If you have an overactive bladder (or OAB) you may feel a frequent and sudden urge to urinate. You may need to pee many times during day and night, and sometimes this urge may be difficult to control. All of these symptoms could seriously affect your quality of life, limiting your professional and social commitments.
Below you will find brief information on overactive bladder: what are the main causes, how it is diagnosed and how you can get your symptoms under control.
An overactive bladder may cause you to:
- feel a sudden urge to urinate;
- feel unable to control your bladder (urgency incontinence);
- need to urinate frequently (8 times or more during a 24h period);
- wake up several times during night needing to pee (nocturia)
In a healthy bladder, the amount of urine regulates our need to urinate. Once the bladder is full, it sends the signal to our brain that it is time to look for a toilet. In an overactive bladder, the muscles in the bladder wall start contracting involuntarily, regardless of urine volume being low. These contractions create the urgency, which can also result in incontinence.
The specific cause for this condition is still unknown. However, several conditions and circumstances have been identified as contributing factors:
- Neurological disorders
- Excess consumption of caffeine or alcohol
- Incomplete bladder emptying
- Declining cognitive function, etc.
Overactive Bladder Syndrome is diagnosed by exclusion. This means that the doctor will first exclude all other possible conditions before reaching this diagnosis. Unfortunately, overlapping symptoms often complicate the diagnostic process.
- Perform a physical exam
- Test your urine for infection or traces of blood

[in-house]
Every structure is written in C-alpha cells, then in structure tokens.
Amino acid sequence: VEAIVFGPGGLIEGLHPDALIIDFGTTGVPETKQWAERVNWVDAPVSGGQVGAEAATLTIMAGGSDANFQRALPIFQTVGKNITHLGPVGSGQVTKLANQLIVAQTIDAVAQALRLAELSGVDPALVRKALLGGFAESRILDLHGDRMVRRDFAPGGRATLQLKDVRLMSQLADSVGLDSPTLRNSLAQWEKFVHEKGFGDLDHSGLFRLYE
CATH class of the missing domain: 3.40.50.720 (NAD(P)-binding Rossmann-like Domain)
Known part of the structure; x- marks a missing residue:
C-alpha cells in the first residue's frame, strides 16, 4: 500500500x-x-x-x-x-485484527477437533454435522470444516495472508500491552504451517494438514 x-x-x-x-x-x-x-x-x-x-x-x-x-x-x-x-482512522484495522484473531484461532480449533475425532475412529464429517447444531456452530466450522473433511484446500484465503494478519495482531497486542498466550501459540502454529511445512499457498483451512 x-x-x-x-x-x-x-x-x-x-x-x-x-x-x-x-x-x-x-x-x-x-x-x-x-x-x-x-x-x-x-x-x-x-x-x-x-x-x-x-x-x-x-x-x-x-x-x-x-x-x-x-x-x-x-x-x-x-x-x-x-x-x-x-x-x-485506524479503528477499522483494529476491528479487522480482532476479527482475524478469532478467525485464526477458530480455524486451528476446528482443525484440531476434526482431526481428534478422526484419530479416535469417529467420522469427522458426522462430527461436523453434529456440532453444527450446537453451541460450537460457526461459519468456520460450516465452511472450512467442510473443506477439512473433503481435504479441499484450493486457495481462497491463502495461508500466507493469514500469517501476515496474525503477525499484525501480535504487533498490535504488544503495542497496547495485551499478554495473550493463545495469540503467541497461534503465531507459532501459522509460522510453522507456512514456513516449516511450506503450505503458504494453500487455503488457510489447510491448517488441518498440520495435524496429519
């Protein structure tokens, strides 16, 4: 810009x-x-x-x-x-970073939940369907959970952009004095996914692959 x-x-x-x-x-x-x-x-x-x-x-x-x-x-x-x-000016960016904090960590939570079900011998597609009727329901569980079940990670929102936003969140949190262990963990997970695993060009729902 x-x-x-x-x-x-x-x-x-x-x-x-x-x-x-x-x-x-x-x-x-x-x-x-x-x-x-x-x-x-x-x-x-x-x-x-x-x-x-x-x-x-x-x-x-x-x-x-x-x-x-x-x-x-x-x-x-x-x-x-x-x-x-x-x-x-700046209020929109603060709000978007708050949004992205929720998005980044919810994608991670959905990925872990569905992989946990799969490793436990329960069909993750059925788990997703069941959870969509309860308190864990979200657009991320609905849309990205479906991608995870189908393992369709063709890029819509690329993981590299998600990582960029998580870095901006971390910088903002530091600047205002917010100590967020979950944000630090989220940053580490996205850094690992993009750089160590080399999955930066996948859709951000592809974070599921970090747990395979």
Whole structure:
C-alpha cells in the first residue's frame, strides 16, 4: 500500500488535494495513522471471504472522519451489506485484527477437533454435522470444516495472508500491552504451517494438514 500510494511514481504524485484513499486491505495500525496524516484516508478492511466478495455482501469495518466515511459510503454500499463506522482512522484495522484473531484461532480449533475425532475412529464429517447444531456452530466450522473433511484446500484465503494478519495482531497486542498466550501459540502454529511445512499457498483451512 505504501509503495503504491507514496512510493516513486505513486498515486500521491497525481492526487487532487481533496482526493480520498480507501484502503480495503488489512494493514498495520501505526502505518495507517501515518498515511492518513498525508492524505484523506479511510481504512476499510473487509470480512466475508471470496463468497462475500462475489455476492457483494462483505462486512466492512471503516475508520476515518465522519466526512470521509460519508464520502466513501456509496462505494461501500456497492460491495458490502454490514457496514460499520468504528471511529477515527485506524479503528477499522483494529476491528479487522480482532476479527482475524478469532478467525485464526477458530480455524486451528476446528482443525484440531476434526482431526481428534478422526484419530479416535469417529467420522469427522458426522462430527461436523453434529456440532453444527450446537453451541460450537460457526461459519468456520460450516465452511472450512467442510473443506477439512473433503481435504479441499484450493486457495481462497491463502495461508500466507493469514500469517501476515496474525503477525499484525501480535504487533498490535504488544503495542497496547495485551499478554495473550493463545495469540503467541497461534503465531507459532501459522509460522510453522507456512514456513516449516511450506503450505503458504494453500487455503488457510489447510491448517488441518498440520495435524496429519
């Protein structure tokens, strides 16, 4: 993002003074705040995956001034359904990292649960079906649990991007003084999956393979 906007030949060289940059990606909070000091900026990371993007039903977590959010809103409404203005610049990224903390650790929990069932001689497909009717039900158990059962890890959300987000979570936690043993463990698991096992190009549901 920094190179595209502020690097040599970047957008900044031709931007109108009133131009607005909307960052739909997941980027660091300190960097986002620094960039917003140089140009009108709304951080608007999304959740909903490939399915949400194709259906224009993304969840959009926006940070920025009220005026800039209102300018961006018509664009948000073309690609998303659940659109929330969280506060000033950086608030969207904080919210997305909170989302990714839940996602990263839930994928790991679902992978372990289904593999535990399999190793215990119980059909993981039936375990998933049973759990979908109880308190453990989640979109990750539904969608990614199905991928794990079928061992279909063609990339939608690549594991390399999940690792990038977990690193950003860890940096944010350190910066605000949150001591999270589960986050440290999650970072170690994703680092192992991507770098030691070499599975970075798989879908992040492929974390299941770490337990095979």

- Check for any sensory problems or abnormal reflexes
Your doctor may also test your bladder function through urodynamic tests. These tests check if your bladder empties completely and efficiently.
Several treatment options are available, however your first recommendation will likely be behavioural changes, as they often give positive results with no side effects. These behavioural interventions may include:
Kegel's or pelvic floor muscle exercises. Your GP or urology team can explain to you how to do these properly; or watch this video for at-home training.
- Bladder training (ie. setting a schedule for going to the toilet, and delaying voiding when you feel the urge).
- Losing weight.
- Wearing sanitary pads, to prevent embarrassing mishaps.
- Intermittent catheterisation, in case you cannot empty your bladder fully. Your urology team can teach you how to self-catheterise.
- medications (most commonly used are anticholinergics; these can be efficient, but unfortunately they often cause unpleasant side effects, such as mouth dryness and constipation);
- bladder instillation (Gepan has been clinically proven to be as effective as tolterodine, an oral drug, but without the side effects - more details below);
- Botox bladder injections (small doses of Botox injected into the bladder relax the muscles and can relieve urge; the effect is temporary and injections need to be repeated. Side effects include UTIs and urinary retention);
- Neural stimulation (regulates the nerve impulses sent to your bladder, which can reduce the sense of urgency);
- Surgery (to increase bladder capacity, or to remove it altogether).
How can Gepan help?
Gepan has been clinically proven to reduce nocturia (or nighttime urination), frequency, urge and incontinence, while increasing urine output volume*.
Furthermore, when compared to routinely used oral treatment for OAB (tolterodine tartrate), Gepan created “a more sustained improvement or cure of the symptoms”. Even after a whole year of not receiving therapy, 56% of Gepan patients still felt the improvement, compared to only 12% of patients on tolterodine.*
Mr Ahsanul Haq, Consultant Urological Surgeon and Clinical Director of Urology at Lancashire Teaching Hospital, said:
“The use of Gepan for OAB is not yet widespread but clinical data is promising. I’ve found instillations to be useful in patients who fail on oral therapies. Further research would be worthwhile but since instillations are available, well tolerated,and potentially more effective than anticholinergics, they are a good option.”